let us help you understand
what we mean

Customer service is our top priority!

Sometimes the terms we use can be confusing, and we can glance over the fact that these terms we use everyday aren't everyday terms.  This reference guide is here to help with some of the questions you may have about our process.



Site Survey


The first step of the site survey is to take a straight on picture of the sign that can be scaled for a detailed rendering.

The site survey allows you to see what your sign will look like on location, before you make your final decision, and allows us to give you an accurate estimate.

The small difference of taking a few steps back to get a good picture can save you money by decreasing the amount of design time required for a project.

Other things to note:

Is the sign illuminated?

If so, can you tell if it is lit with fluorescent lamps or LED's?

What material is the sign face?

You will need to take a straight on picture of where the sign is going as well as a measurement of something on the same plane.

Now you may ask, "What if there isn't a sign there yet?"

Good question, and we will go into that right now!

The next step is to take measurements.  The more measurements you can get the better (i.e. width, height, depth, sizes of separate faces, base sizes, retainer size, under-clearance, etc.)

Having measurements on the same plane as where the sign is going is useful for the rendering process, so we can effectively show you how the finished product is going to look to scale.

Not every sign is going to be completely accessible for you to be able to grab all of this information.  No worries! Our expert team of service technicians will gladly come by to take a look and offer their opinions on what will and will not work for your location. 
Any information that can be provided to us beforehand is always greatly appreciated and helps us get our estimates out to you quicker.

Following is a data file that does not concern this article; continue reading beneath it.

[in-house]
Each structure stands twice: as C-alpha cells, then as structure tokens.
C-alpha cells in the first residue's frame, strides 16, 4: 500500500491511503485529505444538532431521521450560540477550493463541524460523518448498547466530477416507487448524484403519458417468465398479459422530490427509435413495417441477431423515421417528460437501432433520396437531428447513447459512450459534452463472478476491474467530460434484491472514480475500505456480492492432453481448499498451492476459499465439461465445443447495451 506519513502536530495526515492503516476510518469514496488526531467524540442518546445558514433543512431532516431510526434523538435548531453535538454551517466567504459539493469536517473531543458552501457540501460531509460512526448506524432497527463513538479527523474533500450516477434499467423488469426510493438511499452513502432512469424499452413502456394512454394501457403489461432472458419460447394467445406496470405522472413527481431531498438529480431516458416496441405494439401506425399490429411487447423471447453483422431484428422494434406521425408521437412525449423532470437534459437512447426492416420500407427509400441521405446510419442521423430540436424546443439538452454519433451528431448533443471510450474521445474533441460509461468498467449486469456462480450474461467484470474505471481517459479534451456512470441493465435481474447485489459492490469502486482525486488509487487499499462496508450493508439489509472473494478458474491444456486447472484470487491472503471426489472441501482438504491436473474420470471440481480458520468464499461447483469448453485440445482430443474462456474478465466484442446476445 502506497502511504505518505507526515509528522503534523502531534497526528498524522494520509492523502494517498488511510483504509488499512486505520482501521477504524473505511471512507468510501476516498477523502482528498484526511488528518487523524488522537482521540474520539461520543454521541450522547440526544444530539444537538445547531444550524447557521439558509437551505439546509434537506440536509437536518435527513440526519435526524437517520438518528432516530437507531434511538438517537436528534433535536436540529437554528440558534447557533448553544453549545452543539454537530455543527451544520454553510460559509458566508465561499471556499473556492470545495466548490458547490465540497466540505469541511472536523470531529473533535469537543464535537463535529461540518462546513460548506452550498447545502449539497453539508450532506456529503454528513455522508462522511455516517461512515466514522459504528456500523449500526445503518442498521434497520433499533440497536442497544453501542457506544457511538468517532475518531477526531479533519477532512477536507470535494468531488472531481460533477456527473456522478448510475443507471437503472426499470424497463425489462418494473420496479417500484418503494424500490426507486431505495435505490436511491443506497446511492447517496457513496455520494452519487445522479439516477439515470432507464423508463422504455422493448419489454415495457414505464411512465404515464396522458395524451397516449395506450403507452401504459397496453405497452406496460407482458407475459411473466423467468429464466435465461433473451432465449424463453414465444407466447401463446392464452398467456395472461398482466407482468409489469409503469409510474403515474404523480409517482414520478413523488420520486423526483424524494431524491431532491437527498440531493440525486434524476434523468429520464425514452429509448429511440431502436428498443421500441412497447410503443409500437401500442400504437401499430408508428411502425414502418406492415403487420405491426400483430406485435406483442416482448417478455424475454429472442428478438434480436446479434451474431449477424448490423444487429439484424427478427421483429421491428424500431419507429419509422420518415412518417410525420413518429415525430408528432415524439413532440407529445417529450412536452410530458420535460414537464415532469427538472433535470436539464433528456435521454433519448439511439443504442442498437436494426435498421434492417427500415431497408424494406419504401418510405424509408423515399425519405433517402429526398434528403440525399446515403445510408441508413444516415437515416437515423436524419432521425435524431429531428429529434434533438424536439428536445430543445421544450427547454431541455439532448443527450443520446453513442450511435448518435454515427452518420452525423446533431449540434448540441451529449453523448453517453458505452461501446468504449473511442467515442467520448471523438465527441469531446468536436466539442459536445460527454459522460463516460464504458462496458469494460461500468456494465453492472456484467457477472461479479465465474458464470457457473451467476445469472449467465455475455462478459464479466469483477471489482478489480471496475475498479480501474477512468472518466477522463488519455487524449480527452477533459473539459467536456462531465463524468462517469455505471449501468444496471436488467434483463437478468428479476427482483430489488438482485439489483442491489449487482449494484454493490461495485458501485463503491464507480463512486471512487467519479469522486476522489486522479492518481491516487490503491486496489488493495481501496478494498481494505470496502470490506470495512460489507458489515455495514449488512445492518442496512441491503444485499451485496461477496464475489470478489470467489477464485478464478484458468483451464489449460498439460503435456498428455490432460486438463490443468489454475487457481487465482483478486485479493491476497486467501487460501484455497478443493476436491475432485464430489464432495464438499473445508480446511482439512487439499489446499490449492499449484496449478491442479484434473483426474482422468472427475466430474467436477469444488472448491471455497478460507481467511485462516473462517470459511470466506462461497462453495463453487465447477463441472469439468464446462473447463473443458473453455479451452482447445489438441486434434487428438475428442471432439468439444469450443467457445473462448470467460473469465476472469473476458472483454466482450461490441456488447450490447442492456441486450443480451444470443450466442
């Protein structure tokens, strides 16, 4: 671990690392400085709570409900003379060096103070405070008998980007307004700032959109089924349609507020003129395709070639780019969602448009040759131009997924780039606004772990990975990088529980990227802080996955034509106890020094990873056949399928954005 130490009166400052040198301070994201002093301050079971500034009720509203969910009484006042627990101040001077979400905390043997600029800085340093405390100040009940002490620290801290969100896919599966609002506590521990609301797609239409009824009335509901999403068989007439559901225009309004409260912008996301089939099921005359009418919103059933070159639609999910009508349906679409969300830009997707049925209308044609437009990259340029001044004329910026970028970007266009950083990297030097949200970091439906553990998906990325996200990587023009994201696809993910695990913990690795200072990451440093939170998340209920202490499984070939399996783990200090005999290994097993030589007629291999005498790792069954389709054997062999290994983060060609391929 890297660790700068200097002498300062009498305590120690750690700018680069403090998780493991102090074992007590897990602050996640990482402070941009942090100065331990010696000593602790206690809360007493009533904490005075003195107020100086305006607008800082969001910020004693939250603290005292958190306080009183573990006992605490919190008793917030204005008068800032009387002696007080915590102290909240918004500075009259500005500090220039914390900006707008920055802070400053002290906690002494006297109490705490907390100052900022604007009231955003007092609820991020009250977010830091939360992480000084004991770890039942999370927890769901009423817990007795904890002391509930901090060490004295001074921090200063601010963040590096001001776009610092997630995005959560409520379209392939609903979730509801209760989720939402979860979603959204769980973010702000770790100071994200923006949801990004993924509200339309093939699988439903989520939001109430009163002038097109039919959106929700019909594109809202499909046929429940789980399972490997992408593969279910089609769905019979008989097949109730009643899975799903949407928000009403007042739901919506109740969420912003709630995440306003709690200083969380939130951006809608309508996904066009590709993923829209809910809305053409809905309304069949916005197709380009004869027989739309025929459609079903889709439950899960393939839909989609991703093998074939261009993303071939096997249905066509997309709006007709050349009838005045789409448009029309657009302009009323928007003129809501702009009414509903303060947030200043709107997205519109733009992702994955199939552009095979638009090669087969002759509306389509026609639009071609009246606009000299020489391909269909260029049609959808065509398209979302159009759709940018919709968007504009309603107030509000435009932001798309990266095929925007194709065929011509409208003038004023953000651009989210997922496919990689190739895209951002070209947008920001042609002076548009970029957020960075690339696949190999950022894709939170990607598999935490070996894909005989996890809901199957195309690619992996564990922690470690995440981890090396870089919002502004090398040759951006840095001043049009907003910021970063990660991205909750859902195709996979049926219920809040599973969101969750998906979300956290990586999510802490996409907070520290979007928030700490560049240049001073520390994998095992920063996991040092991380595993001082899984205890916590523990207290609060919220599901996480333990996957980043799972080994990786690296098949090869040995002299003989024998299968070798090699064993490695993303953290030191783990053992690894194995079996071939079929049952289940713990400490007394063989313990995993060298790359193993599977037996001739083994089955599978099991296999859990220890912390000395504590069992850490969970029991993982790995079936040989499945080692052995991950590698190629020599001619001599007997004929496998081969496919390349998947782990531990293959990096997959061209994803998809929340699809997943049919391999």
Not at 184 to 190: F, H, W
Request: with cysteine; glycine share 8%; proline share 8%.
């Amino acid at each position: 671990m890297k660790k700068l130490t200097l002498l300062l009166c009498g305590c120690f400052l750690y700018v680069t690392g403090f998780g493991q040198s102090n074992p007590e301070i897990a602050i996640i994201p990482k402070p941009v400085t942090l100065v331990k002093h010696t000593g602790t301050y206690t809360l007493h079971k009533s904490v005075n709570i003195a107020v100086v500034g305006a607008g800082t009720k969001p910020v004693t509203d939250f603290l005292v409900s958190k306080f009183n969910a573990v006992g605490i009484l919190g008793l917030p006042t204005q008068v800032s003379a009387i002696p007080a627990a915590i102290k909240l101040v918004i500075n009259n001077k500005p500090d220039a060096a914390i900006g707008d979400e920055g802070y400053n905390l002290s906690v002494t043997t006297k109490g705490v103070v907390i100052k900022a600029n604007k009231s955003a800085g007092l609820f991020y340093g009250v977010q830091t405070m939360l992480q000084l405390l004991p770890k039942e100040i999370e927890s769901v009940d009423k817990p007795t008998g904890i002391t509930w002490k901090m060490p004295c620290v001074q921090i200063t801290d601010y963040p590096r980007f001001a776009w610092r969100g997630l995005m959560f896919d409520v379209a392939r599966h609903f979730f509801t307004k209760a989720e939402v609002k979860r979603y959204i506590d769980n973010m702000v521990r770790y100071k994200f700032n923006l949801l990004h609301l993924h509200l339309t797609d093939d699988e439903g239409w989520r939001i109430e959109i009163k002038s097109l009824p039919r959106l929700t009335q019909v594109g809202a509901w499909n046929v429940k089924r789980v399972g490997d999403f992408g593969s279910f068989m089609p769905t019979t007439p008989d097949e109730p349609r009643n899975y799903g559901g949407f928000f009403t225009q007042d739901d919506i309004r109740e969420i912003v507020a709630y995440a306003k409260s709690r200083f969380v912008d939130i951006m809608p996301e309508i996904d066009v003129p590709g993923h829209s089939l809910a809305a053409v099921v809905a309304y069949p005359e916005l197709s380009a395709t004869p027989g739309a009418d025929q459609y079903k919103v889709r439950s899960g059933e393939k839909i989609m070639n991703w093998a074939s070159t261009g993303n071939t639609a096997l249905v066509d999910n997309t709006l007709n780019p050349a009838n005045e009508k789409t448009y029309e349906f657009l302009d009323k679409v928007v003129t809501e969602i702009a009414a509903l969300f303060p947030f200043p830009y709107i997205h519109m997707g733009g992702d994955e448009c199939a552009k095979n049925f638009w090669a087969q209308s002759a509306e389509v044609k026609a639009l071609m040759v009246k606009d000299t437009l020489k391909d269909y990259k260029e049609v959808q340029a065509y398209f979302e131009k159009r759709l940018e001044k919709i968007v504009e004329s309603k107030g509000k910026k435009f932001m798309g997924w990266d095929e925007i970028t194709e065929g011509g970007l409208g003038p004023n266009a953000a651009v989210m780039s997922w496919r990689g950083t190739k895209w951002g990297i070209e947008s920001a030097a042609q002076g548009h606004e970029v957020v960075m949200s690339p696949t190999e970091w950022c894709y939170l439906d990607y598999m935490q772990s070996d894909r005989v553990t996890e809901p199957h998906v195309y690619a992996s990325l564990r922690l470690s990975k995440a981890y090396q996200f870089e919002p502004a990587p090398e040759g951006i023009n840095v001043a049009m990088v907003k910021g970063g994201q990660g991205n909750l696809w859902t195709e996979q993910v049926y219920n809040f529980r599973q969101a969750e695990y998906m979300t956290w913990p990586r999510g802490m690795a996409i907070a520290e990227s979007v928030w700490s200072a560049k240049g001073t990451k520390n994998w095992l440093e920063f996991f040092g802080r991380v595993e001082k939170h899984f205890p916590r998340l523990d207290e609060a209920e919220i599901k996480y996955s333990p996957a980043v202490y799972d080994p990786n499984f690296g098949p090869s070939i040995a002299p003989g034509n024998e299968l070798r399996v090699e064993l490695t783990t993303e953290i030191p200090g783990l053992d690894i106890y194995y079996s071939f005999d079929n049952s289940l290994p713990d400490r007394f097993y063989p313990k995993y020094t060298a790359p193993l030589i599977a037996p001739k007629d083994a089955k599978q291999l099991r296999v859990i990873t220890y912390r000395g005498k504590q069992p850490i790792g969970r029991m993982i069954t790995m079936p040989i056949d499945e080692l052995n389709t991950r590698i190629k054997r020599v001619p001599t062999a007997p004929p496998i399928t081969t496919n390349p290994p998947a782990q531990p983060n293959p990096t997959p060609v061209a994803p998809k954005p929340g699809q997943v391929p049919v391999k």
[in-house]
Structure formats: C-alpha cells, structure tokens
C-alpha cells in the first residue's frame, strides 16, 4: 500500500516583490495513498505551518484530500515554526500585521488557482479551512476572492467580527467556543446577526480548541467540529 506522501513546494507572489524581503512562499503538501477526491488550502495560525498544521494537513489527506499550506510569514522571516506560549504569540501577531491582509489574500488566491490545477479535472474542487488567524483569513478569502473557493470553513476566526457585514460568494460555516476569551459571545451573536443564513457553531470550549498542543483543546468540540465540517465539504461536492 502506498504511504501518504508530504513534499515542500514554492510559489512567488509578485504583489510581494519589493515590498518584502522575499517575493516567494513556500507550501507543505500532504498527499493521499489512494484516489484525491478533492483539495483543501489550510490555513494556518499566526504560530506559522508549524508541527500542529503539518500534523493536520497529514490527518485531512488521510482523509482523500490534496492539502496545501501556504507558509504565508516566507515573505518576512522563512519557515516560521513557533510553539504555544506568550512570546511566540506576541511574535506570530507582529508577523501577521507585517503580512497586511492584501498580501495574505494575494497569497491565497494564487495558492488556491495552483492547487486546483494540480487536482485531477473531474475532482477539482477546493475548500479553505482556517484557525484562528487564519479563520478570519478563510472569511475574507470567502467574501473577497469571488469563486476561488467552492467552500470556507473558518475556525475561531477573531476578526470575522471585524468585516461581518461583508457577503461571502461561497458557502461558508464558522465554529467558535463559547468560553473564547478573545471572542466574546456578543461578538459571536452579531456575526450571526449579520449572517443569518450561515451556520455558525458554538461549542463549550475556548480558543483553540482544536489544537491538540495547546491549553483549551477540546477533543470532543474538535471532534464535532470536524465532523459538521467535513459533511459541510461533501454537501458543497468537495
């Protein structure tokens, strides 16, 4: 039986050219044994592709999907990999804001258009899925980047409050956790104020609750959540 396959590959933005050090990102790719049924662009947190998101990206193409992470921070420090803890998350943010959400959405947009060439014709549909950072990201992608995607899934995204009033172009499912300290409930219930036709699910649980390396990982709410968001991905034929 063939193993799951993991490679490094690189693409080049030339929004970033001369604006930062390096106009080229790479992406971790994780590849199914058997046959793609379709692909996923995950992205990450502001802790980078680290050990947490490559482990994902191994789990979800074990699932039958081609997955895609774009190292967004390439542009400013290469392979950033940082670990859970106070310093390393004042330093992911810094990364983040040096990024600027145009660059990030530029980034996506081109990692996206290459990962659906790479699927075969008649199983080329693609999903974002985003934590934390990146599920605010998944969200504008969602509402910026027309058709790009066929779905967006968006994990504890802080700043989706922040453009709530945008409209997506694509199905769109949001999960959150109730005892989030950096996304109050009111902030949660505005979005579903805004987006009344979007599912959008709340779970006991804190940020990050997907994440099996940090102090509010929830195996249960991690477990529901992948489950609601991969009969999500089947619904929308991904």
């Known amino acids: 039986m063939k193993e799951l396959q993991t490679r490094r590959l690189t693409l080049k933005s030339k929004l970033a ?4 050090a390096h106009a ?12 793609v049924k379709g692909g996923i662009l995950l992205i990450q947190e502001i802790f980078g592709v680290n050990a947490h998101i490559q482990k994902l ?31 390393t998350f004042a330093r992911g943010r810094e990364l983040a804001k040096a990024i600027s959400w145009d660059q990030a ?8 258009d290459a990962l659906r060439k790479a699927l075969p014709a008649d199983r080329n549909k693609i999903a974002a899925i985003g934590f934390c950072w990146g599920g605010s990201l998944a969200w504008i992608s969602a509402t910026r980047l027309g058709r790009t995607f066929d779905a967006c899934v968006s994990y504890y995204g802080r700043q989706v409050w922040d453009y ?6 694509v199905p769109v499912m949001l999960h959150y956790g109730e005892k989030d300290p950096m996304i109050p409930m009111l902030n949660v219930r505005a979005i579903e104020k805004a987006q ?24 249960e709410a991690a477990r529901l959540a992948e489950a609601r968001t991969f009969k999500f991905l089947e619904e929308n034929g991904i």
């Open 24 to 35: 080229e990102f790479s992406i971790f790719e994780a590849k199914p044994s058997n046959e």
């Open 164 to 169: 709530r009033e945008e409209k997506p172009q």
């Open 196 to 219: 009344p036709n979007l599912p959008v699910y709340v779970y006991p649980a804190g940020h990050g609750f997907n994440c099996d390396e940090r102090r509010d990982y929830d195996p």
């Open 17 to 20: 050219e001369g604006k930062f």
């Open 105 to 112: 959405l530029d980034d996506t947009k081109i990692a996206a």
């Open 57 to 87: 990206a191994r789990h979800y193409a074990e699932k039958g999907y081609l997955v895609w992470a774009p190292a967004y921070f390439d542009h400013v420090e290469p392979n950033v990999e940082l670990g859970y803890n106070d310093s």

If you have any questions, always feel free to call us on our toll-free line, and we will help you in any way that we can!


Pictures of

Sign Outages

Our service technicians rarely do work at night, which in turn makes it difficult to see wich letters are out, without taking the whole sign apart and looking at the bulbs.


A night-time picture before the scheduled service can cut down on the amount of time the technician needs to be on site.

Sometimes lit signs go out; it happens, and we will try and get it fixed as soon as possible.  There are some steps that you can take to make our process faster and get your sign back to it's original glory quicker.

The best time to take a picture of a sign outage is going to be right after sunset (when there is still some natural light).  If it is too dark out while taking the picture, most cameras require more time to keep the shutter open to gather enough light.

Of course our technicians can figure out what is wrong with the sign without a picture, but this is just a helpful way to get things moving forward.

It also provides us with photo documentation so we can tell if there is a pattern in the outages, which could mean that there is a bigger problem such as a bad ballast.

As you can see, a burnt-out sign at night can have a slightly different meaning than in the daytime.

Otherwise the camera only takes light from where it can find it.

File Preparation

So say you want to have your logo put on a great big sign.  Good, you came to the right place!  Here are some helpful tips that can help you get that accomplished at the highest possible quality and save you money in design time.

The first thing is to explain the difference between vector and raster graphics.

When a raster image is scaled up, it loses quality.  The amount of pixels per inch stay the same as the image gets bigger, so those little square pixels get bigger too, creating a fuzz.


A program like Photoshop can cut down on that by inventing new pixels to fill the void, but it will never be 100% quality.

(If you're lucky, you might get around 65%)

Raster images are not the preferred method and usually require one of our designers to recreate or optimize them to work in a large format, which will cost you money.